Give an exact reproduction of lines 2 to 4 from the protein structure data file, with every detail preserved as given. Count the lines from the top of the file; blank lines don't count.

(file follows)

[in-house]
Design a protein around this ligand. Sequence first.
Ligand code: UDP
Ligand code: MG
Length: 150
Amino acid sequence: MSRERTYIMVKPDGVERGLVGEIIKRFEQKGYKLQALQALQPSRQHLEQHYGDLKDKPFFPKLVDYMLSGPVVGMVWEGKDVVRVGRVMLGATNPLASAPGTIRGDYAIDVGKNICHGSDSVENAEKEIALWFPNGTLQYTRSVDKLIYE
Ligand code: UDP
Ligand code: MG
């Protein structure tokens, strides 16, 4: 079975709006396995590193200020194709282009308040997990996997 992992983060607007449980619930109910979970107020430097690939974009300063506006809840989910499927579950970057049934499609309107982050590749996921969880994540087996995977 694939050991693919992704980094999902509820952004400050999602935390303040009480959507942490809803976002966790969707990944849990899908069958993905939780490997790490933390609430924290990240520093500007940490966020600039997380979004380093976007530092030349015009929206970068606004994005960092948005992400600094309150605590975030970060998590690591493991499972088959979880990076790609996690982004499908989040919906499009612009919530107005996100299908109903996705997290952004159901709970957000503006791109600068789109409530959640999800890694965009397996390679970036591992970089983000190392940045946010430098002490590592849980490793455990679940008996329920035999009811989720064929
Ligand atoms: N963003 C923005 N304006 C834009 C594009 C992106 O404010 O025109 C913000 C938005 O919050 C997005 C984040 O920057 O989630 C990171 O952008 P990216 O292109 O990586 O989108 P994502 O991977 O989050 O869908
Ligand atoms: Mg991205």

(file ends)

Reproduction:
Design a protein around this ligand. Sequence first.
Ligand code: UDP
Ligand code: MG